USS Pampanito: Killer-Angel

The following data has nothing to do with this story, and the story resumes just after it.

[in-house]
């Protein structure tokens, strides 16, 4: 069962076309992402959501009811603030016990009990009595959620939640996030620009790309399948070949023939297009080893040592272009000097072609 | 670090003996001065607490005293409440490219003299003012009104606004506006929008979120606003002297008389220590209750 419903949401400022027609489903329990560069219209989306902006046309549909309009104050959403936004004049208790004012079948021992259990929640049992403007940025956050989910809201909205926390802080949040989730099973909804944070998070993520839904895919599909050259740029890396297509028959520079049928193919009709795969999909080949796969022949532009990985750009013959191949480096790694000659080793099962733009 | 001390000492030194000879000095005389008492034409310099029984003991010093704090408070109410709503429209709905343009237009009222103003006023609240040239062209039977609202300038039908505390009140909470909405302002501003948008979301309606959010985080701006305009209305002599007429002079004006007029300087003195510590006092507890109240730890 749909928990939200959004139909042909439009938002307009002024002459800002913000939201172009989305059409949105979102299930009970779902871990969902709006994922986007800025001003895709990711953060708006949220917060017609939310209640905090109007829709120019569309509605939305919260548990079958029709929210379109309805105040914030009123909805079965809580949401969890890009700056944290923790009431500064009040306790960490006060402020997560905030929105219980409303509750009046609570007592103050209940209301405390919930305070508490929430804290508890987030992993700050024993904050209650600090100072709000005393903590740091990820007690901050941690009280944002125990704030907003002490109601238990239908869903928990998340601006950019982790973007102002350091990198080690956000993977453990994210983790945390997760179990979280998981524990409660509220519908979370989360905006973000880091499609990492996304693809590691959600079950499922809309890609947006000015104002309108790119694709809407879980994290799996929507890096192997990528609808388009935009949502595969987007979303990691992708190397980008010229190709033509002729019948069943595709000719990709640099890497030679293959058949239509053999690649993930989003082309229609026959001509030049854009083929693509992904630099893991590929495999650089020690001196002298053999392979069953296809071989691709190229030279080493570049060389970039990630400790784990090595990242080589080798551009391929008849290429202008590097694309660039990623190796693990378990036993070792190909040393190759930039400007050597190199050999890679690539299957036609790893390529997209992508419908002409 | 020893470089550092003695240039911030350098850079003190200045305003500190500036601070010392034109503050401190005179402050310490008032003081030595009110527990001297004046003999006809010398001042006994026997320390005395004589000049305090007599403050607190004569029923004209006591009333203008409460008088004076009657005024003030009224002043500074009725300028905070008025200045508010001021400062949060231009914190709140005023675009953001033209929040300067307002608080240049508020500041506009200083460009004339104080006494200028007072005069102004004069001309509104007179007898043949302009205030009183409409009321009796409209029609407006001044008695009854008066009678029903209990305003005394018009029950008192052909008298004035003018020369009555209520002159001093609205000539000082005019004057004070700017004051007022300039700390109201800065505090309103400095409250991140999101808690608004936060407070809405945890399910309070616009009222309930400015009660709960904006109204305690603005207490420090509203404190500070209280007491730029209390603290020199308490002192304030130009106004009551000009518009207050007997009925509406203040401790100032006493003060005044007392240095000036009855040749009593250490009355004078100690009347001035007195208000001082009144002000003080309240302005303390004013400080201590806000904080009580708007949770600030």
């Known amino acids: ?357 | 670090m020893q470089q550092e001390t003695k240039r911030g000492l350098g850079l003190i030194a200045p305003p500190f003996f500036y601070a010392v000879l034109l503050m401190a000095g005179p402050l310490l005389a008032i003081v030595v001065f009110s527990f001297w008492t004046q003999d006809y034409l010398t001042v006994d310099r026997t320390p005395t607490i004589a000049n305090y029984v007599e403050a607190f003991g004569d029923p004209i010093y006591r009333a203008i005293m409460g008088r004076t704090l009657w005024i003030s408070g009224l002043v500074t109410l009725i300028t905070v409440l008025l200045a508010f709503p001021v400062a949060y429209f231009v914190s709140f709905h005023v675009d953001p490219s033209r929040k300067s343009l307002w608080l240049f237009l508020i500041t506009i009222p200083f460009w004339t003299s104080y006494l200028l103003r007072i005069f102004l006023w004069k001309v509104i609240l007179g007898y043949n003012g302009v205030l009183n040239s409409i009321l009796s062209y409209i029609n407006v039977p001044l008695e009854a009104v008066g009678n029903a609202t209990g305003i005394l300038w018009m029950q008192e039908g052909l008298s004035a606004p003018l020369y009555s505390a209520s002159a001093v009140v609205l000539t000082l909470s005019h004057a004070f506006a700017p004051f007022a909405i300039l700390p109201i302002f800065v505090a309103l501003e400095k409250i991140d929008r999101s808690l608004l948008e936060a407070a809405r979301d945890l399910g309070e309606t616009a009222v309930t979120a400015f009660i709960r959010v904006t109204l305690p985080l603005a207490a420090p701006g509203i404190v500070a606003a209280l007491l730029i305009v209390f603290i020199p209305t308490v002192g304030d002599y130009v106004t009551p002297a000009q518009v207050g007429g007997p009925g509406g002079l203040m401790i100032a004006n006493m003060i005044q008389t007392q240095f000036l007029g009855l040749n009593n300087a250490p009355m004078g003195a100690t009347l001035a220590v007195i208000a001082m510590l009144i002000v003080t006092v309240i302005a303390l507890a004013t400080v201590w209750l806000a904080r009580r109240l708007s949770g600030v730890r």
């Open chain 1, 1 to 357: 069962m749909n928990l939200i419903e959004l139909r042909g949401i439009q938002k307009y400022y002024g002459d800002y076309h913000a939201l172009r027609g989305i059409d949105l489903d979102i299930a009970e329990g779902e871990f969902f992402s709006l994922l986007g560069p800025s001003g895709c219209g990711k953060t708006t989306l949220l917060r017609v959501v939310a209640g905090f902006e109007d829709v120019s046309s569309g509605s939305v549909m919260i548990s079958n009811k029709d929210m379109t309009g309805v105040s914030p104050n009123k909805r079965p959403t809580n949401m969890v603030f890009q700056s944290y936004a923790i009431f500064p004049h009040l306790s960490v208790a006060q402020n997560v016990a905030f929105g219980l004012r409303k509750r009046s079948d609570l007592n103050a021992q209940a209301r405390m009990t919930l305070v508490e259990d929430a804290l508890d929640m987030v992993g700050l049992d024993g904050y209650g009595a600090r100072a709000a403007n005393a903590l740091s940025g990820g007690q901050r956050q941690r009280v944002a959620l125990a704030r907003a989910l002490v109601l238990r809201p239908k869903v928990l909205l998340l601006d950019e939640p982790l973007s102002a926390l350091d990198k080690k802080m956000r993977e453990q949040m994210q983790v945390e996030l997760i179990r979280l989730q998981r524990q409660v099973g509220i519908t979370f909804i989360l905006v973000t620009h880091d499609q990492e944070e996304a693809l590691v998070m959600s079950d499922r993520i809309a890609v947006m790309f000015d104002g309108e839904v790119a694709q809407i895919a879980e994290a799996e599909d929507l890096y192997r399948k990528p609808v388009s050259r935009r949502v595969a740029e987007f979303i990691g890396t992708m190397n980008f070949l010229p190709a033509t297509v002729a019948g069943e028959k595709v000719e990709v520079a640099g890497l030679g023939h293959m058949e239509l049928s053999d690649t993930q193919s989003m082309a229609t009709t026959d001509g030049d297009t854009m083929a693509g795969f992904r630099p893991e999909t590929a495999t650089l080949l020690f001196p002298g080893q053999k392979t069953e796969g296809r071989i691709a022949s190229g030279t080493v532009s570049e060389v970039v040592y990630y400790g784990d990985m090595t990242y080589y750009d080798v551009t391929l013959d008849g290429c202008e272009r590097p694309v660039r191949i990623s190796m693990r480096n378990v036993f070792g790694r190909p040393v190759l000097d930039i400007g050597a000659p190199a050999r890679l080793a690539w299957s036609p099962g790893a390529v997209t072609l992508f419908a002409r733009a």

Most World War II submarine stories are glorifications of war written by submarine captains about their own boats. USS Pampanito, however, is not a ... Show synopsis Most World War II submarine stories are glorifications of war written by submarine captains about their own boats. USS Pampanito, however, is not a typical submarine adventure. It is the story of a sub and crew that, though they caused plenty of destruction, found the pinnacle of their honor and fame in a dramatic sea rescue. Gregory F. Michno relates the experiences of the crewmen who served on the USS Pampanito -- both the enlisted men and the officers. The Pampanito story begins with the boat's construction in 1943, continues through its six combat missions, to its decommissioning after the war in 1945. The heart of the book focuses on the September 12-14, 1944, attack on a Japanese convoy carrying English and Australian POWs from the Burma Siam Railway (of Bridge on the River Kwai fame) to prison camps in Japan. The Pampanito helped sink two of the prison ships, unwittingly killing hundreds of Allied soldiers, then returned to rescue its own victims. The Pampanito crew picked a record seventy-three men from the sea. USS Pampanito: Killer Angel presents a full picture of life on a "pigboat" and the attitudes of a whole generation who found their defining experience in World War II.